Proceedings of The Physiological Society

Europhysiology 2018 (London, UK) (2018) Proc Physiol Soc 41, PCA053

Poster Communications

Electrical remodelling of the atrioventricular node causes heart block in athletes

A. D'Souza1, S. Nakao2, P. Mesirca3, T. Trussell1, M. Zi1, S. Logantha1, J. Li1, Y. Wang1, T. Jespersen4, R. Buhl4, E. J. Cartwright1, M. Mangoni3, M. R. Boyett1, H. Dobrzynski1

1. University of Manchester, Manchester, United Kingdom. 2. Ritsumeikan University, Kyoto, Japan. 3. CNRS Institut de Génomique Fonctionnelle, Montpellier, France. 4. University of Copenhagen, Copenhagen, Denmark.


Background: Athletes present with atrioventricular node (AVN) dysfunction manifesting as prolonged PR intervals and heart block. This can necessitate electronic pacemaker implantation, known to be more frequent in athletes with a long training history. The underlying aetiology is unexplored but previously we reported that exercise-induced bradycardia is due to electrical remodelling of the sinus node, the heart's primary pacemaker (D'Souza et al, 2014; 2017). Here we investigated the molecular basis of training-induced AVN dysfunction. Methods: 24 hour radio-telemetry ECG data were collected in sedentary and trained Standardbred racehorses (age:5-6 years), a translational, large-animal model of the athlete's heart . AVN electrophysiology and molecular profile were explored further in mice; ten-week-old C57BL/6j mice were trained by swimming for 60 min/day for 5 months following which AVN function was assessed by programmed electrical stimulation (PES) in vivo. mRNA levels of 96 ion channels, transporters and connexins were measured by qPCR in laser capture microdissected AVN. Protein levels of selected targets were assessed by immunohistochemistry and corresponding ionic currents measured in isolated AVN myocytes by patch clamp with suitable voltage clamp protocols. Values are given as mean±SEM, compared by ANOVA. Results: Trained horses presented with a longer PR interval (sedentary, 298±7.7 ms; trained, 361±18 ms; p<0.05, n=12) and a striking increase in the incidence of second-degree Mobitz type 1 heart block vs. sedentary horses (sedentary, 0.4±0.4; trained, 46.4±18.5 episodes/hour; p<0.0001, n=12), indicating training-induced AVN dysfunction. Similarly, trained mice showed prolonged PR intervals (sedentary, 40±1.0 ms; trained, 44.0±1.0 ms; P<0.05, n=7-8) and PES (n=8-9) revealed training-induced increases in Wenckebach cycle length (sedentary, 85.5±2.1 ms; trained, 99.8±1.4 ms; p<0.001) and AVN effective refractory period (sedentary, 62.6±2.8 ms; trained, 80.1±2.6 ms; p<0.05). These alterations were concomitant with widespread downregulation of ion channels in the trained AVN, notably the pacemaker HCN4 channel and the L-type Ca2+ channel subunit Cav1.2 (p<0.05, n=8/8). A 22% reduction in HCN4 protein levels in the trained AVN was confirmed by immunolabelling (p<0.05, n=4-5). Patch clamp recordings in isolated AVN myocytes demonstrated significantly reduced If (~60%) and ICa,L (~40%) current density in trained vs. sedentary mice (p<0.05, n=8-9). Conclusions: Endurance exercise causes AVN dysfunction characterised by striking transcriptional remodelling that translates into reduced current density of key ionic currents involved in AVN impulse generation and conduction. We conclude that AVN electrical remodelling is a key mechanism underlying heart block in athletes.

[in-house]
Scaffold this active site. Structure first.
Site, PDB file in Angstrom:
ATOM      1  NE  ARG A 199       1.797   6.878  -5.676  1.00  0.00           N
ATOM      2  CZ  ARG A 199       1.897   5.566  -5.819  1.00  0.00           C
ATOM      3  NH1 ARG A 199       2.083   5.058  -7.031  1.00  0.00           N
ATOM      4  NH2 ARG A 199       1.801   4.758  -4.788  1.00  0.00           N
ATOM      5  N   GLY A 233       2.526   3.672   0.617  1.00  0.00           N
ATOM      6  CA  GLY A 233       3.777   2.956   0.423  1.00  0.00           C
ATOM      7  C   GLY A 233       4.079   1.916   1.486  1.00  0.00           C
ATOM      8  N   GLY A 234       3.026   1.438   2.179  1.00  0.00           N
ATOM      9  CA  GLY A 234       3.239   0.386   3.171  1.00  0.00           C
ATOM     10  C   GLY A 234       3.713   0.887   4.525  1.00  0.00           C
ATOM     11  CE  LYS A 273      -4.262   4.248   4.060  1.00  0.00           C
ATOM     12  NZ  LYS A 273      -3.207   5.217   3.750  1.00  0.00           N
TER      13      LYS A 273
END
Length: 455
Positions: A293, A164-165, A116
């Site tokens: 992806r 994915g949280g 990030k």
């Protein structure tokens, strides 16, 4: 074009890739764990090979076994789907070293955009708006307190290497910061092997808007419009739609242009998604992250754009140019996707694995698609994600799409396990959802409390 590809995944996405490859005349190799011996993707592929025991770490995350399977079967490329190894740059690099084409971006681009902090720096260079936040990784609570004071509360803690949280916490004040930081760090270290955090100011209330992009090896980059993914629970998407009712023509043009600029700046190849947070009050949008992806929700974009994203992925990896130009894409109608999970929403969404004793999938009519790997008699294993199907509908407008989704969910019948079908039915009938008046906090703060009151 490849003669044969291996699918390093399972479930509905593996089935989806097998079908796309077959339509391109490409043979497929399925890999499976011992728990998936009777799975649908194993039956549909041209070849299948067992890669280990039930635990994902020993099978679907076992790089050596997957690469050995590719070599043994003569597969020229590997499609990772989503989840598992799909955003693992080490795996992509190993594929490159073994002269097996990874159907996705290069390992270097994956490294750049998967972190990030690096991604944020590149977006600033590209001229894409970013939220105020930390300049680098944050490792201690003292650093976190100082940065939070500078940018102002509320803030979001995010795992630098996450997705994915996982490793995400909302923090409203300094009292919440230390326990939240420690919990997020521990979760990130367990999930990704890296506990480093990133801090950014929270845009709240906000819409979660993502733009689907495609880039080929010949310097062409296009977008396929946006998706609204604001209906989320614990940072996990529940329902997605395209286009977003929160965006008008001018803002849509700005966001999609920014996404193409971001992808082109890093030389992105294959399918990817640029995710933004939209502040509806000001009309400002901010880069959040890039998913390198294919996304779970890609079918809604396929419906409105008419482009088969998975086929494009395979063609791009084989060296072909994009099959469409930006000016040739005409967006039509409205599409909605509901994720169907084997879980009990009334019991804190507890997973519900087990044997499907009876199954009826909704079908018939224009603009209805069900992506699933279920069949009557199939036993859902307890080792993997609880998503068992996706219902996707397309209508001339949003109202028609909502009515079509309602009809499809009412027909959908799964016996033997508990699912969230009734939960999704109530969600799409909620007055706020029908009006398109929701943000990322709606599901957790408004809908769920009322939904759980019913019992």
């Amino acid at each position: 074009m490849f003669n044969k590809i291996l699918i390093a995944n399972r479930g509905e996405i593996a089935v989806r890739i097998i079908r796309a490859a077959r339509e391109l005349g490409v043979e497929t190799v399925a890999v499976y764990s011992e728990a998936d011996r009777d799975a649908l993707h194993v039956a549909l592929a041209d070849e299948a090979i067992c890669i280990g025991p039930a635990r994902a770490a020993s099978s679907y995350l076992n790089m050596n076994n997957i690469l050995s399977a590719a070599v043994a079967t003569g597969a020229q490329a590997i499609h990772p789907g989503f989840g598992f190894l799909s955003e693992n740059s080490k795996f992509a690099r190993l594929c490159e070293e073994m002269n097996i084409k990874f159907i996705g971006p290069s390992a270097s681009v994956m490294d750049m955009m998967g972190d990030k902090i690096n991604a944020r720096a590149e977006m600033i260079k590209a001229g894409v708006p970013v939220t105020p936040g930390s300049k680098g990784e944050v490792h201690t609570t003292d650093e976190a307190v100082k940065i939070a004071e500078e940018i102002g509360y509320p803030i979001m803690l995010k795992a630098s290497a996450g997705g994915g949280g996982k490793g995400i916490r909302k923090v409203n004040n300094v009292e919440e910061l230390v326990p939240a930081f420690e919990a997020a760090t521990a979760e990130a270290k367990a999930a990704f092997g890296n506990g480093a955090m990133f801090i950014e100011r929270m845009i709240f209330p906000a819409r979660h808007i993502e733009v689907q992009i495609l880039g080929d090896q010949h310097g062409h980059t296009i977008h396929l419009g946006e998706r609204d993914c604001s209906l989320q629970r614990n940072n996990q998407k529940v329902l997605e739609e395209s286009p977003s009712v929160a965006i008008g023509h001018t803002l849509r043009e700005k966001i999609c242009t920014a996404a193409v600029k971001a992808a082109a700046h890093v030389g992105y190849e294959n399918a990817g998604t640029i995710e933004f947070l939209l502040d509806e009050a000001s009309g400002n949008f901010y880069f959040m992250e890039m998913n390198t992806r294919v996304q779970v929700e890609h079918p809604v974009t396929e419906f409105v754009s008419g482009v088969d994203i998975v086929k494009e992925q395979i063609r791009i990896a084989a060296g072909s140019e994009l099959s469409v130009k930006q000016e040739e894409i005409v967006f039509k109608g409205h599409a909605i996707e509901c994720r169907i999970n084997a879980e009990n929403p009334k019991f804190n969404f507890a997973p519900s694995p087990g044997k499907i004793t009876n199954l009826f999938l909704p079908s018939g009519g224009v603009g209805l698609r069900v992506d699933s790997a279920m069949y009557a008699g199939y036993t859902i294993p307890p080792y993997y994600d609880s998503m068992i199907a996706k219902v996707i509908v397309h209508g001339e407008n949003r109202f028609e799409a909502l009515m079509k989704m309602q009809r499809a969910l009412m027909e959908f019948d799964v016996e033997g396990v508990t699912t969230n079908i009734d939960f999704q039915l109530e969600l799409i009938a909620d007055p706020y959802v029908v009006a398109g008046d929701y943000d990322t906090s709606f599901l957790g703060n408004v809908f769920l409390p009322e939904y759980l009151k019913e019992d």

Where applicable, experiments conform with Society ethical requirements